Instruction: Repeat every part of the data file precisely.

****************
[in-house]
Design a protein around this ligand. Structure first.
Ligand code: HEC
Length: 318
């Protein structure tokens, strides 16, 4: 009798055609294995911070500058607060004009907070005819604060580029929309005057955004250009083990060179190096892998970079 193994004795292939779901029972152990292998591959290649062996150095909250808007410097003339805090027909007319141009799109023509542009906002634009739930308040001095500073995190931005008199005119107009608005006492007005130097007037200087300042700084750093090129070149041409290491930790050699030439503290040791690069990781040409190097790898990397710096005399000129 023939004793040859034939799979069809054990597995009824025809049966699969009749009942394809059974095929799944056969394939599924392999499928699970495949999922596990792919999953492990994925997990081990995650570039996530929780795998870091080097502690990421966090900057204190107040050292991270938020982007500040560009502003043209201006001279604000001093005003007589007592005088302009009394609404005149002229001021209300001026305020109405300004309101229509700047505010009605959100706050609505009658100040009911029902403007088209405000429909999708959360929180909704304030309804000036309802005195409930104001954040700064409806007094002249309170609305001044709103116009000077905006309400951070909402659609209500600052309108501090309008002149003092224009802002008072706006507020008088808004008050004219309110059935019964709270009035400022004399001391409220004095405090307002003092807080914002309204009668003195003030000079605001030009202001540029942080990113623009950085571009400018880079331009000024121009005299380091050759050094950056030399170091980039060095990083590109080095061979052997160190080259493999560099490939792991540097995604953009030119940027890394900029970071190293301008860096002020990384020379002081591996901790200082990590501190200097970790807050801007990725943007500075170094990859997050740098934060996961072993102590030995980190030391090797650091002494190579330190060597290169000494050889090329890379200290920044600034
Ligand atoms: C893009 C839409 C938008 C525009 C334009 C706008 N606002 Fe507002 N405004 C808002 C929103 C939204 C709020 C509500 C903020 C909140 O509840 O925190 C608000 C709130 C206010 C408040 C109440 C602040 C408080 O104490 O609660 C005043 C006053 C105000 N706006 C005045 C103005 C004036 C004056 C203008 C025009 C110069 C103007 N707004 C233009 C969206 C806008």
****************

[in-house]
Design a protein around this ligand. Structure first.
Ligand code: HEC
Length: 318
């Protein structure tokens, strides 16, 4: 009798055609294995911070500058607060004009907070005819604060580029929309005057955004250009083990060179190096892998970079 193994004795292939779901029972152990292998591959290649062996150095909250808007410097003339805090027909007319141009799109023509542009906002634009739930308040001095500073995190931005008199005119107009608005006492007005130097007037200087300042700084750093090129070149041409290491930790050699030439503290040791690069990781040409190097790898990397710096005399000129 023939004793040859034939799979069809054990597995009824025809049966699969009749009942394809059974095929799944056969394939599924392999499928699970495949999922596990792919999953492990994925997990081990995650570039996530929780795998870091080097502690990421966090900057204190107040050292991270938020982007500040560009502003043209201006001279604000001093005003007589007592005088302009009394609404005149002229001021209300001026305020109405300004309101229509700047505010009605959100706050609505009658100040009911029902403007088209405000429909999708959360929180909704304030309804000036309802005195409930104001954040700064409806007094002249309170609305001044709103116009000077905006309400951070909402659609209500600052309108501090309008002149003092224009802002008072706006507020008088808004008050004219309110059935019964709270009035400022004399001391409220004095405090307002003092807080914002309204009668003195003030000079605001030009202001540029942080990113623009950085571009400018880079331009000024121009005299380091050759050094950056030399170091980039060095990083590109080095061979052997160190080259493999560099490939792991540097995604953009030119940027890394900029970071190293301008860096002020990384020379002081591996901790200082990590501190200097970790807050801007990725943007500075170094990859997050740098934060996961072993102590030995980190030391090797650091002494190579330190060597290169000494050889090329890379200290920044600034
Ligand atoms: C893009 C839409 C938008 C525009 C334009 C706008 N606002 Fe507002 N405004 C808002 C929103 C939204 C709020 C509500 C903020 C909140 O509840 O925190 C608000 C709130 C206010 C408040 C109440 C602040 C408080 O104490 O609660 C005043 C006053 C105000 N706006 C005045 C103005 C004036 C004056 C203008 C025009 C110069 C103007 N707004 C233009 C969206 C806008």